FDA approves darolu...
 

FDA approves darolutamide for non-metastatic castration-resistant prostate cancer  

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Daniel
(@daniel)
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02/08/2019 10:06 pm  

"On July 30, 2019, the Food and Drug Administration approved darolutamide (NUBEQA, Bayer HealthCare Pharmaceuticals Inc.) for non-metastatic castration-resistant prostate cancer.

Approval was based on ARAMIS (NCT02200614), a multicenter, double-blind, placebo-controlled clinical trial in 1,509 patients with non-metastatic castration resistant prostate cancer. Patients were randomized (2:1) to receive either 600 mg darolutamide orally twice daily (n=955) or matching placebo (n=554). All patients received a gonadotropin-releasing hormone (GnRH) analog concurrently or had a previous bilateral orchiectomy. Twelve patients with previous seizure histories were treated on the darolutamide arm.

The primary endpoint was metastasis free survival (MFS), defined as the time from randomization to first evidence of distant metastasis or death from any cause within 33 weeks after the last evaluable scan, whichever occurred first. The median MFS was 40.4 months (95% CI: 34.3, not reached) for patients treated with darolutamide compared with 18.4 months (95% CI: 15.5, 22.3) for those receiving placebo (hazard ratio 0.41; 95% CI: 0.34, 0.50; p<0.0001). OS data were not mature.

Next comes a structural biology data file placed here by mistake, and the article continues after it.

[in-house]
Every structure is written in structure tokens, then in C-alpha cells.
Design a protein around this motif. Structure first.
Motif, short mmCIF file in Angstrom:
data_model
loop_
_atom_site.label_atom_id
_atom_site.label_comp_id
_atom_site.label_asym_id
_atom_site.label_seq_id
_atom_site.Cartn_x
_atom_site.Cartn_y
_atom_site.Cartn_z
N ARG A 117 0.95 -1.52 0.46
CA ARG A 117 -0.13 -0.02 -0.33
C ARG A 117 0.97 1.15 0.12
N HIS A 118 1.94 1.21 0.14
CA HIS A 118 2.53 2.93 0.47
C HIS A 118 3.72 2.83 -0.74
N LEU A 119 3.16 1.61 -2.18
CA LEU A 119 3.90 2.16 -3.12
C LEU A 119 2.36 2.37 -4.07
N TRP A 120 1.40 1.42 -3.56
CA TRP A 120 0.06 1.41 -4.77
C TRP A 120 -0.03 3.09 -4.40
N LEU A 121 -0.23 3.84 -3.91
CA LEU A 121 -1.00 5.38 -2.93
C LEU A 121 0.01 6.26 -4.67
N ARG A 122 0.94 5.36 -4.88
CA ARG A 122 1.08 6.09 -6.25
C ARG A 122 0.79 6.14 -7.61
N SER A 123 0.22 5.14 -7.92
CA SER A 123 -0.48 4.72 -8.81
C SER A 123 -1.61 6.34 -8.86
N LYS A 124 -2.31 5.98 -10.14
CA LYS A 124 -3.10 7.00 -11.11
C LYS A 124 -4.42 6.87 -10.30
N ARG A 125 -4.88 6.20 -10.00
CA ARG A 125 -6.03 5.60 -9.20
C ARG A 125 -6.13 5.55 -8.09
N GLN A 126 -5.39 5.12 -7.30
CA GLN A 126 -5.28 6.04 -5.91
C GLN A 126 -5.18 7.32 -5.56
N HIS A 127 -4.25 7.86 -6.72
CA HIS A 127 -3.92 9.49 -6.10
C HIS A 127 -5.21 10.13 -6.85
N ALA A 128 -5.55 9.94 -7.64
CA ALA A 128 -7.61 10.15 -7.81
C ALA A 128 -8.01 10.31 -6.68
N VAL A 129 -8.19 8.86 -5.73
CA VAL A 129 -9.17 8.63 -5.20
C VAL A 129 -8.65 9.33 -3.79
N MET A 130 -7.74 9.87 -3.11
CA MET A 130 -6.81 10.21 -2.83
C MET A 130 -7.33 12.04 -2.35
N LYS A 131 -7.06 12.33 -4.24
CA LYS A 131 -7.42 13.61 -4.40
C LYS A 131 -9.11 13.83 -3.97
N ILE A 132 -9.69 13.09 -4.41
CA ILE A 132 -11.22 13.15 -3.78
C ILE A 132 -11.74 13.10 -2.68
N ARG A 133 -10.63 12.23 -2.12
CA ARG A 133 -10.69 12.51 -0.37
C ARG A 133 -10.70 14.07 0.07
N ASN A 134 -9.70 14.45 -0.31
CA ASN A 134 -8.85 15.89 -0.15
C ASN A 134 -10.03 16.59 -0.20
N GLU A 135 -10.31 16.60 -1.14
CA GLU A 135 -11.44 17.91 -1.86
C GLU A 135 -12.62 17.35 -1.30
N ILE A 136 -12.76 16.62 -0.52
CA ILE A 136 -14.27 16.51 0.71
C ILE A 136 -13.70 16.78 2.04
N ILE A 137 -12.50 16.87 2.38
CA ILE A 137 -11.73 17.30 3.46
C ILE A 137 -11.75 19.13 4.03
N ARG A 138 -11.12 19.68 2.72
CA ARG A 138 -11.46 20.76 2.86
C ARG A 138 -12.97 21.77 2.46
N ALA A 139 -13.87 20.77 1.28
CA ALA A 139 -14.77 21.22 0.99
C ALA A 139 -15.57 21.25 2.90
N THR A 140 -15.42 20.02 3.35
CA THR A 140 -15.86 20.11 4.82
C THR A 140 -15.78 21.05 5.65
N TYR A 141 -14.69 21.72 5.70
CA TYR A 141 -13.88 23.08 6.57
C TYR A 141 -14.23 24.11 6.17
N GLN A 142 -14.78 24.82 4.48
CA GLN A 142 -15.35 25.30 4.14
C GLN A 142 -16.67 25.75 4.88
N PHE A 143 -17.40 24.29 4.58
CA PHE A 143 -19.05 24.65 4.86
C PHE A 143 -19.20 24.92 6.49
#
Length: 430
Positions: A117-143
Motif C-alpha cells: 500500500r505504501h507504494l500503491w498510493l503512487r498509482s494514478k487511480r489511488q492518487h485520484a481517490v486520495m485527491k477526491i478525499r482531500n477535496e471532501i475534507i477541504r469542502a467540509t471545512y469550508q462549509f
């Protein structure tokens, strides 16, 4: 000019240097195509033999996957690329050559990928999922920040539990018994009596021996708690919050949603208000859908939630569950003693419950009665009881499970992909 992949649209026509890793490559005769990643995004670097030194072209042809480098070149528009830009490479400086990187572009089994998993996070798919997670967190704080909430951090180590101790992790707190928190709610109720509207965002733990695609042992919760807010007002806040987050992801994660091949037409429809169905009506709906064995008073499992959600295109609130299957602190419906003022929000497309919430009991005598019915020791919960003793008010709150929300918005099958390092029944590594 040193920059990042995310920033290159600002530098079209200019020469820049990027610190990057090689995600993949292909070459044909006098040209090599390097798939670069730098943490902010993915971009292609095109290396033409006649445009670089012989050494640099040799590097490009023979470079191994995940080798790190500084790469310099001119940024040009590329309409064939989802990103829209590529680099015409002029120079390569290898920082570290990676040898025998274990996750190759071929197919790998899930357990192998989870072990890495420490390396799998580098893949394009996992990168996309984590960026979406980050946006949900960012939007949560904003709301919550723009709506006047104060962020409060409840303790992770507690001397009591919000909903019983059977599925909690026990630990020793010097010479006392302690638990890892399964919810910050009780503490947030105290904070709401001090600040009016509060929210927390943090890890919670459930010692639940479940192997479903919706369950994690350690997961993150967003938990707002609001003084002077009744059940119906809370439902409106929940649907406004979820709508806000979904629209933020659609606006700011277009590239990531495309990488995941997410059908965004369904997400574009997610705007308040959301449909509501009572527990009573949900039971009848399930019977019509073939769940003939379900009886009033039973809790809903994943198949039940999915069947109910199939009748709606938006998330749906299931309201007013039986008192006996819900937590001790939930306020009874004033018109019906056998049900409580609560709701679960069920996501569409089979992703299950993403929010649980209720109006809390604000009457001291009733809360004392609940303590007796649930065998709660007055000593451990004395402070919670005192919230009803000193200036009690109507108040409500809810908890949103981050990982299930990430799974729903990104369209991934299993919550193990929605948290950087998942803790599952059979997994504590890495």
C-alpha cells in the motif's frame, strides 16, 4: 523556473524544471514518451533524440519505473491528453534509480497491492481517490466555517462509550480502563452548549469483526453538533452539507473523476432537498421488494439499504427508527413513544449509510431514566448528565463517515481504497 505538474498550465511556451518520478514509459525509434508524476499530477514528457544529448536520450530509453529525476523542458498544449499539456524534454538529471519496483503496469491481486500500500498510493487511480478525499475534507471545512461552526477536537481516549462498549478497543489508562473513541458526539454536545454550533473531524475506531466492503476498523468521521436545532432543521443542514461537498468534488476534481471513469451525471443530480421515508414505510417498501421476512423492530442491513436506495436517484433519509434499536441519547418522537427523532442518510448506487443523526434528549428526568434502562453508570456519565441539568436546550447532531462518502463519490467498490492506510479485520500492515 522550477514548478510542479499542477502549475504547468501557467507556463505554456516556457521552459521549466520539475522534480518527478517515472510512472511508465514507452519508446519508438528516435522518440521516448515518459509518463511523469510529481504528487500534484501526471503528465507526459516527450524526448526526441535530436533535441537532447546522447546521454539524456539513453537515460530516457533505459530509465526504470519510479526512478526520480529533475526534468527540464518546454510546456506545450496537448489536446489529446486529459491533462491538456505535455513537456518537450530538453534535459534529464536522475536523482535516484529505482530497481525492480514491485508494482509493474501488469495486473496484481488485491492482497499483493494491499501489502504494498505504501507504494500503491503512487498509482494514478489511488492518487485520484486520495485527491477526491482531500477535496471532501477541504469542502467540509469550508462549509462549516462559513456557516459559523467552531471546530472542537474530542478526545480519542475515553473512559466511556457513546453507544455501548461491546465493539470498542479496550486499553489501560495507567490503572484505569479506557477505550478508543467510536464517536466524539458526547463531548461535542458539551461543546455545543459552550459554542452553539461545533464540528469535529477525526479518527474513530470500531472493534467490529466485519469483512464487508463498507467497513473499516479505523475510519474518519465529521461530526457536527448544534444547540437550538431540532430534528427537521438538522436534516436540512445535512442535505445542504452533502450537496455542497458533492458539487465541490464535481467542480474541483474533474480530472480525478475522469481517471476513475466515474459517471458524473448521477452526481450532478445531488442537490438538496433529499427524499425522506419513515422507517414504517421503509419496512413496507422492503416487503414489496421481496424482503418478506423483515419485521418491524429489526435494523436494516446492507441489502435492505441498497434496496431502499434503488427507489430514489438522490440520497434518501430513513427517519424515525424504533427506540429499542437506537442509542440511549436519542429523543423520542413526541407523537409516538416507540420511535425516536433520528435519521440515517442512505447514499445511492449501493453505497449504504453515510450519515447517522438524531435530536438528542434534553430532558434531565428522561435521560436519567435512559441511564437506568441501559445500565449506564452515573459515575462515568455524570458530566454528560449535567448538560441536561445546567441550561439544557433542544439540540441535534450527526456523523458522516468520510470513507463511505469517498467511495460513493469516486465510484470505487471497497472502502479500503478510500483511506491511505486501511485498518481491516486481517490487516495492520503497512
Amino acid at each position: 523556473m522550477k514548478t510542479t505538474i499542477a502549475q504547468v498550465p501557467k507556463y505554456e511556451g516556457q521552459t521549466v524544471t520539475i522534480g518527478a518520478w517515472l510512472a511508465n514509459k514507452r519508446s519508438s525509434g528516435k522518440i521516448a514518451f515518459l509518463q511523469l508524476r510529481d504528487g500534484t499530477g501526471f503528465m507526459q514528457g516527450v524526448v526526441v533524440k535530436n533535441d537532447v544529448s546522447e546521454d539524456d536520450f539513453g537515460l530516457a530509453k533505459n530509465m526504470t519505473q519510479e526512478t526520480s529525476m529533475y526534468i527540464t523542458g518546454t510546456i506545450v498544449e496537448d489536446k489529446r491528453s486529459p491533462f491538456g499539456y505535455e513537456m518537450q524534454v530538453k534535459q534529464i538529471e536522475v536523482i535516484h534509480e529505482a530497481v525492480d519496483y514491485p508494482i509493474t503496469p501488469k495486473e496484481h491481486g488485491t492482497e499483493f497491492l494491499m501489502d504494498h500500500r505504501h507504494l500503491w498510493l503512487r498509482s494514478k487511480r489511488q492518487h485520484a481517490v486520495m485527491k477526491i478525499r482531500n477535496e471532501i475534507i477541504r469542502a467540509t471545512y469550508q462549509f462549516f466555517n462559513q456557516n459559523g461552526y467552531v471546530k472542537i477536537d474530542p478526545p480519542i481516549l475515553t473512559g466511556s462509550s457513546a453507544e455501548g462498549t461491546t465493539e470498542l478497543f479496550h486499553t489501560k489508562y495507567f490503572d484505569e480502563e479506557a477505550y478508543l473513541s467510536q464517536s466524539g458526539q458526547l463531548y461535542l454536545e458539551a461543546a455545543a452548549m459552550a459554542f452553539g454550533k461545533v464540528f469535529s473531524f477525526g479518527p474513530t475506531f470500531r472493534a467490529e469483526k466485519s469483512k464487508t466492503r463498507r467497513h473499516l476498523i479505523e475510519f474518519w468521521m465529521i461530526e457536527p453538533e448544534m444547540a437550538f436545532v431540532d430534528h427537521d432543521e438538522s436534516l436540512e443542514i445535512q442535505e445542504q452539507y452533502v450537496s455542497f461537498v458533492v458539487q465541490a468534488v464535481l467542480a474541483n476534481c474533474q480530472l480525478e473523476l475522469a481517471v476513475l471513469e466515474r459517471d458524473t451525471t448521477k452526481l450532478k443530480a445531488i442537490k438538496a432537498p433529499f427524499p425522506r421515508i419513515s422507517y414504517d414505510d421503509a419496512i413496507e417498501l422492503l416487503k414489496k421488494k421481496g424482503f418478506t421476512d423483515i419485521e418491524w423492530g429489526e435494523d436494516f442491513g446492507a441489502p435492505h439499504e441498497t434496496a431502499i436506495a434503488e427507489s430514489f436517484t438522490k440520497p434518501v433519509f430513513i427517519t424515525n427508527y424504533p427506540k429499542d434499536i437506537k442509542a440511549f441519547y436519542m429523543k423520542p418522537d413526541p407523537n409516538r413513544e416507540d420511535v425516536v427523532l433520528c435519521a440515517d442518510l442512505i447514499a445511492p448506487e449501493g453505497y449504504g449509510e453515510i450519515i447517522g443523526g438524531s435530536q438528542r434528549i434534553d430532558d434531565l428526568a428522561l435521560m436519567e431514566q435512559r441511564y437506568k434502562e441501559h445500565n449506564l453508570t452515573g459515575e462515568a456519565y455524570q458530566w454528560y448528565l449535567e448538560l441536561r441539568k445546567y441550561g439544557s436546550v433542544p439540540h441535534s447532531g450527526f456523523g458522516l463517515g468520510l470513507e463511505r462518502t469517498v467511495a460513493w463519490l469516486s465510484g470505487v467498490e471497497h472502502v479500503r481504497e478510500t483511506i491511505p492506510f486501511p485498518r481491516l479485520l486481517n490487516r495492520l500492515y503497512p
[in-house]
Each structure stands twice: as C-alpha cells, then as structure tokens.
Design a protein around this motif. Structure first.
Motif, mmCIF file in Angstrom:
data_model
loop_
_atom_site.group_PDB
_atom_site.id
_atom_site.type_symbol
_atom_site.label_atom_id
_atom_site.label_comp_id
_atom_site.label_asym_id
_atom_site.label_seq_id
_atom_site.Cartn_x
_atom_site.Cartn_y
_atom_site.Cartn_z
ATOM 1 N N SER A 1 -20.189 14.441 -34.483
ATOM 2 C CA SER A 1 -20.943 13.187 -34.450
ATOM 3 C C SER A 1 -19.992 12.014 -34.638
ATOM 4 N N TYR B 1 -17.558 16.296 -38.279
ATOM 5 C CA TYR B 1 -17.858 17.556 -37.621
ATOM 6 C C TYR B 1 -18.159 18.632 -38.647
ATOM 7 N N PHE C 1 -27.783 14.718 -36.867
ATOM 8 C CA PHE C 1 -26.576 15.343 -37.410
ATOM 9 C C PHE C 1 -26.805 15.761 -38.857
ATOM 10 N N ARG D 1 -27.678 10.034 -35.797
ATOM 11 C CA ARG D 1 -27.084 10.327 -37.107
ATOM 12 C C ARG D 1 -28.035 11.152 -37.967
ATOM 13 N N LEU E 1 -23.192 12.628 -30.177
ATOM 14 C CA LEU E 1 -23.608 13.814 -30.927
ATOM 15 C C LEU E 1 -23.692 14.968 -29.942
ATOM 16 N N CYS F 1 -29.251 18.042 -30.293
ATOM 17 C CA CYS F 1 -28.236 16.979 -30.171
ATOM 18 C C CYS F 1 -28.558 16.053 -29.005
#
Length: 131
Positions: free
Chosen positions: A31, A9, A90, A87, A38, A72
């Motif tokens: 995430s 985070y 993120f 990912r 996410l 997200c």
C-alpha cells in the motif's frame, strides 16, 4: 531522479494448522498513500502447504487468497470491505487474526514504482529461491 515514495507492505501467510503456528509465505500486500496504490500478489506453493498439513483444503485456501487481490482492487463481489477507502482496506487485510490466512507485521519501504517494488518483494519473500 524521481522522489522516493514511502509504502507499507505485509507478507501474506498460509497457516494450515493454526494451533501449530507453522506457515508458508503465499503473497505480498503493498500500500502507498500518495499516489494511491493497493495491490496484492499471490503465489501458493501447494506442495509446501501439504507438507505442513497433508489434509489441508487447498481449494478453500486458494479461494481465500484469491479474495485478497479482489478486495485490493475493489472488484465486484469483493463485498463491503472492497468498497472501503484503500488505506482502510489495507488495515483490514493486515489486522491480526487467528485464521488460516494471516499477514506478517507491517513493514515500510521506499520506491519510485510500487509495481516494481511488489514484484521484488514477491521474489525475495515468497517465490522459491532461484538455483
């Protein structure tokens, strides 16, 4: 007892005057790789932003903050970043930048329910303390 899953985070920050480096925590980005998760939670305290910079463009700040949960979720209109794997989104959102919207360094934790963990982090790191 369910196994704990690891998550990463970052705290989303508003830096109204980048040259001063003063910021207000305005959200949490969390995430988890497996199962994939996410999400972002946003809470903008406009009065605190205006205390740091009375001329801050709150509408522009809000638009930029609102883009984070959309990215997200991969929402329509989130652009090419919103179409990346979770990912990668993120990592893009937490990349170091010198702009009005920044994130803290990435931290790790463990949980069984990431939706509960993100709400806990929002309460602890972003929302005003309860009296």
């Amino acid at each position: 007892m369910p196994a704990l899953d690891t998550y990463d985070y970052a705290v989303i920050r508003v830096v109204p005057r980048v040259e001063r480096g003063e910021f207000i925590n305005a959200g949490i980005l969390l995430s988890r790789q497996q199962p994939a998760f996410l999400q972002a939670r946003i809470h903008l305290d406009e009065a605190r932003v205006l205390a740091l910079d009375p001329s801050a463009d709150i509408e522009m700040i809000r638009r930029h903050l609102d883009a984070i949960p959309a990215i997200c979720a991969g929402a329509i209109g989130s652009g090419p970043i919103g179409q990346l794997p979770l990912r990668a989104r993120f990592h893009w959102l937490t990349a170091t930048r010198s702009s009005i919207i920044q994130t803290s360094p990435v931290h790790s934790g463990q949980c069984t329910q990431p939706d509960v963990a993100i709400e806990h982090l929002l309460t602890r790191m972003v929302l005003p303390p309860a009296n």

The most common adverse reactions (≥2%) in patients who received darolutamide were fatigue, pain in extremity, and rash. Ischemic heart disease (4.3%) and heart failure (2.1%) were more common on the darolutamide arm. The seizure incidence was similar on the two arms (0.2%).

The recommended darolutamide dose is 600 mg (two 300 mg tablets) administered orally twice daily with food. Patients should also receive a gonadotropin-releasing hormone (GnRH) analog concurrently or should have had bilateral orchiectomy.

View full prescribing information for NUBEQA."

https://www.fda.gov/drugs/resources-information-approved-drugs/fda-approves-darolutamide-non-metastatic-castration-resistant-prostate-cancer


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Shanti
(@shanti)
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Joined: 2 years ago
Posts: 40
13/09/2019 2:44 am  

Since we already have Enzalutamide, Apalutamide, Bicalutamide and a few other 'apalutamides', one may ask why we need Daralutamide since it compares similarly in MFS to the other alutmides. I think the advantage of daralutamide is that it minimally crosses the blood brain barrier and there was not an increase in seizures in the daralutamide arm, even though men with a history of seizures were not excluded. The drug also has reportedly less side-effects related to memory and brain fog than others in its class. 


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Daniel
(@daniel)
Active Member Admin
Joined: 4 years ago
Posts: 505
13/09/2019 7:03 pm  

@shanti

Thank you for sharing Shanti. Very valuable!


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